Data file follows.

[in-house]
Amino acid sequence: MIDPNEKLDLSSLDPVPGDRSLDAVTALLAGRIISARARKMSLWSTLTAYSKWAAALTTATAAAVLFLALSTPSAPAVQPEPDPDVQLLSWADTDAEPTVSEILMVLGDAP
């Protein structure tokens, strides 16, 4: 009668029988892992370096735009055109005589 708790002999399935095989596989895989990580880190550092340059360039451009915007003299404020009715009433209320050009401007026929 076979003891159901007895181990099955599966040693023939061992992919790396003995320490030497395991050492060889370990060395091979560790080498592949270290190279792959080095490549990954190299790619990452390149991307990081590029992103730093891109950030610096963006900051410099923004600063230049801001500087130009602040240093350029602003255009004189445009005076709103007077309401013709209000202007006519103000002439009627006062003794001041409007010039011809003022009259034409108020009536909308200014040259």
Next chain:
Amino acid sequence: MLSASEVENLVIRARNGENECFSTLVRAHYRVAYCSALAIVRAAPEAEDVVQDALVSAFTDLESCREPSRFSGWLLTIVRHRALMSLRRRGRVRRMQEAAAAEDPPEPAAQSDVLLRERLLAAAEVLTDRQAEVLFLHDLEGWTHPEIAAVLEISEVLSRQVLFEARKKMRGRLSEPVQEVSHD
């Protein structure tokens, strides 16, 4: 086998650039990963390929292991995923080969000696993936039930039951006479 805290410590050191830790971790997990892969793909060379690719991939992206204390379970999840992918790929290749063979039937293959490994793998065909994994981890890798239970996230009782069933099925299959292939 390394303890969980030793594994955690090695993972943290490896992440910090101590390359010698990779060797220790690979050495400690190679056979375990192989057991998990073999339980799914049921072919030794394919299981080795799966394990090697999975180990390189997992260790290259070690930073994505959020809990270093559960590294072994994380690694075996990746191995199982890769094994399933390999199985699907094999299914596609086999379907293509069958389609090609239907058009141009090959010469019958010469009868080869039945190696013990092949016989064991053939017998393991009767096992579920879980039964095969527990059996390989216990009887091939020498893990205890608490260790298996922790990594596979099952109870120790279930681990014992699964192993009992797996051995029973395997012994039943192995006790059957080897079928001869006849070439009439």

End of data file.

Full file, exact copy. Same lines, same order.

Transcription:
[in-house]
Amino acid sequence: MIDPNEKLDLSSLDPVPGDRSLDAVTALLAGRIISARARKMSLWSTLTAYSKWAAALTTATAAAVLFLALSTPSAPAVQPEPDPDVQLLSWADTDAEPTVSEILMVLGDAP
């Protein structure tokens, strides 16, 4: 009668029988892992370096735009055109005589 708790002999399935095989596989895989990580880190550092340059360039451009915007003299404020009715009433209320050009401007026929 076979003891159901007895181990099955599966040693023939061992992919790396003995320490030497395991050492060889370990060395091979560790080498592949270290190279792959080095490549990954190299790619990452390149991307990081590029992103730093891109950030610096963006900051410099923004600063230049801001500087130009602040240093350029602003255009004189445009005076709103007077309401013709209000202007006519103000002439009627006062003794001041409007010039011809003022009259034409108020009536909308200014040259």
Next chain:
Amino acid sequence: MLSASEVENLVIRARNGENECFSTLVRAHYRVAYCSALAIVRAAPEAEDVVQDALVSAFTDLESCREPSRFSGWLLTIVRHRALMSLRRRGRVRRMQEAAAAEDPPEPAAQSDVLLRERLLAAAEVLTDRQAEVLFLHDLEGWTHPEIAAVLEISEVLSRQVLFEARKKMRGRLSEPVQEVSHD
């Protein structure tokens, strides 16, 4: 086998650039990963390929292991995923080969000696993936039930039951006479 805290410590050191830790971790997990892969793909060379690719991939992206204390379970999840992918790929290749063979039937293959490994793998065909994994981890890798239970996230009782069933099925299959292939 390394303890969980030793594994955690090695993972943290490896992440910090101590390359010698990779060797220790690979050495400690190679056979375990192989057991998990073999339980799914049921072919030794394919299981080795799966394990090697999975180990390189997992260790290259070690930073994505959020809990270093559960590294072994994380690694075996990746191995199982890769094994399933390999199985699907094999299914596609086999379907293509069958389609090609239907058009141009090959010469019958010469009868080869039945190696013990092949016989064991053939017998393991009767096992579920879980039964095969527990059996390989216990009887091939020498893990205890608490260790298996922790990594596979099952109870120790279930681990014992699964192993009992797996051995029973395997012994039943192995006790059957080897079928001869006849070439009439």